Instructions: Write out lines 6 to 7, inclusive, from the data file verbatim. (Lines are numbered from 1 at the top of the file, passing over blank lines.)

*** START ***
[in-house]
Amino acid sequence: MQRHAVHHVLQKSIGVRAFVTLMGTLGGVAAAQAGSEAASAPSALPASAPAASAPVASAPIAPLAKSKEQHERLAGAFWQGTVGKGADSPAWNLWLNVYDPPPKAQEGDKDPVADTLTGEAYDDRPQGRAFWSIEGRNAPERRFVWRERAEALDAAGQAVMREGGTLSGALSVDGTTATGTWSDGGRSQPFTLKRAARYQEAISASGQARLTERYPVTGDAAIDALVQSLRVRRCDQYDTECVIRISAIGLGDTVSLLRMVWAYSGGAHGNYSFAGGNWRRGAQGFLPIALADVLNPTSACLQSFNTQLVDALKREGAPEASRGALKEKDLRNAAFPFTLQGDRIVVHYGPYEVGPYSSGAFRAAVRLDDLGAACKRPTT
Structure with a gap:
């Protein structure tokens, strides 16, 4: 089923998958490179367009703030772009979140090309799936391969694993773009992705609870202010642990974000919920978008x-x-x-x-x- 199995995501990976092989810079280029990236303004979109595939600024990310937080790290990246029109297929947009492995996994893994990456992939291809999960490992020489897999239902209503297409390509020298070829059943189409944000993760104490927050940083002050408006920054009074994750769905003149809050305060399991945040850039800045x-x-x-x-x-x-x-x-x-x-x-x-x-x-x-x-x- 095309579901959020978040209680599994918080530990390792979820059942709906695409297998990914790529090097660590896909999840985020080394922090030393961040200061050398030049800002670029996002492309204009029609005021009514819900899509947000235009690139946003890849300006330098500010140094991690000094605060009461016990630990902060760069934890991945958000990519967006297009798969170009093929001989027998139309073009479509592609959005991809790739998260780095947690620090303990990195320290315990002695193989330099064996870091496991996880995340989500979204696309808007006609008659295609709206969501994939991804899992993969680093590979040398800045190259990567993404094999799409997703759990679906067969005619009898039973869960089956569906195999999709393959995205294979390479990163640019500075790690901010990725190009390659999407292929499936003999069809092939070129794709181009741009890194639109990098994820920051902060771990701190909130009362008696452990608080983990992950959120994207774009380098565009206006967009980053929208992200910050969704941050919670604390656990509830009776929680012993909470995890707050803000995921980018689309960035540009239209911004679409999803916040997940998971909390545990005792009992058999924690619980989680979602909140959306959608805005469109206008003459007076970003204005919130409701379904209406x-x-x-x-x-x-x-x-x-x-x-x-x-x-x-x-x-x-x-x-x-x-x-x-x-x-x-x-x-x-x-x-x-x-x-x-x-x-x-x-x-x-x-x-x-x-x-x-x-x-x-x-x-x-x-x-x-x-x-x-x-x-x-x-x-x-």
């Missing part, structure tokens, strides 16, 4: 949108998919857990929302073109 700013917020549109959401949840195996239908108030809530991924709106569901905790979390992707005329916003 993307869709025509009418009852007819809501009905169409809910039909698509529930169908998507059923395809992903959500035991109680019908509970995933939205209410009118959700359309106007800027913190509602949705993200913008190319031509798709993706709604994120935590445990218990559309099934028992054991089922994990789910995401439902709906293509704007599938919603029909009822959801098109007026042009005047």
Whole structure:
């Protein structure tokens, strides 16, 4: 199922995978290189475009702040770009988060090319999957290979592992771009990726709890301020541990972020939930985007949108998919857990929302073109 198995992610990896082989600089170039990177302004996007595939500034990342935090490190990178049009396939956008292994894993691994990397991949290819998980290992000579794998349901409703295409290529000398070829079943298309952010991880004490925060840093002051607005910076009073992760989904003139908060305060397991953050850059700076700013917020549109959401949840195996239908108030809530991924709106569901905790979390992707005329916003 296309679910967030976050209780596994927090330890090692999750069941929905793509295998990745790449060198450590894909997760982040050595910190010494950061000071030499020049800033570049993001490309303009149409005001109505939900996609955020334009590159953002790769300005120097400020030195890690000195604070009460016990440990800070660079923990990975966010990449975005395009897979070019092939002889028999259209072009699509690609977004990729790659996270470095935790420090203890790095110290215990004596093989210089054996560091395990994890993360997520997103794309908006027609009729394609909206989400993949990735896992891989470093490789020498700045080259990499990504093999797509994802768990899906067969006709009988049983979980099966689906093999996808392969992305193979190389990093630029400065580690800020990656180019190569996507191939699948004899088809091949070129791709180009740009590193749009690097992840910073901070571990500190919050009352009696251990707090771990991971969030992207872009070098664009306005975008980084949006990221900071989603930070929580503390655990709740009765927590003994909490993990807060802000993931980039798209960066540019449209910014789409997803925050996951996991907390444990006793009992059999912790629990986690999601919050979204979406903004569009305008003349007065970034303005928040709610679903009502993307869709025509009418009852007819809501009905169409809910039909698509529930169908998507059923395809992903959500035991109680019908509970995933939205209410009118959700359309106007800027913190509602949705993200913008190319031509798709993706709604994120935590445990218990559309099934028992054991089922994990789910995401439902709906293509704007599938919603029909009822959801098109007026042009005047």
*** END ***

Whole structure:
């Protein structure tokens, strides 16, 4: 199922995978290189475009702040770009988060090319999957290979592992771009990726709890301020541990972020939930985007949108998919857990929302073109 198995992610990896082989600089170039990177302004996007595939500034990342935090490190990178049009396939956008292994894993691994990397991949290819998980290992000579794998349901409703295409290529000398070829079943298309952010991880004490925060840093002051607005910076009073992760989904003139908060305060397991953050850059700076700013917020549109959401949840195996239908108030809530991924709106569901905790979390992707005329916003 296309679910967030976050209780596994927090330890090692999750069941929905793509295998990745790449060198450590894909997760982040050595910190010494950061000071030499020049800033570049993001490309303009149409005001109505939900996609955020334009590159953002790769300005120097400020030195890690000195604070009460016990440990800070660079923990990975966010990449975005395009897979070019092939002889028999259209072009699509690609977004990729790659996270470095935790420090203890790095110290215990004596093989210089054996560091395990994890993360997520997103794309908006027609009729394609909206989400993949990735896992891989470093490789020498700045080259990499990504093999797509994802768990899906067969006709009988049983979980099966689906093999996808392969992305193979190389990093630029400065580690800020990656180019190569996507191939699948004899088809091949070129791709180009740009590193749009690097992840910073901070571990500190919050009352009696251990707090771990991971969030992207872009070098664009306005975008980084949006990221900071989603930070929580503390655990709740009765927590003994909490993990807060802000993931980039798209960066540019449209910014789409997803925050996951996991907390444990006793009992059999912790629990986690999601919050979204979406903004569009305008003349007065970034303005928040709610679903009502993307869709025509009418009852007819809501009905169409809910039909698509529930169908998507059923395809992903959500035991109680019908509970995933939205209410009118959700359309106007800027913190509602949705993200913008190319031509798709993706709604994120935590445990218990559309099934028992054991089922994990789910995401439902709906293509704007599938919603029909009822959801098109007026042009005047």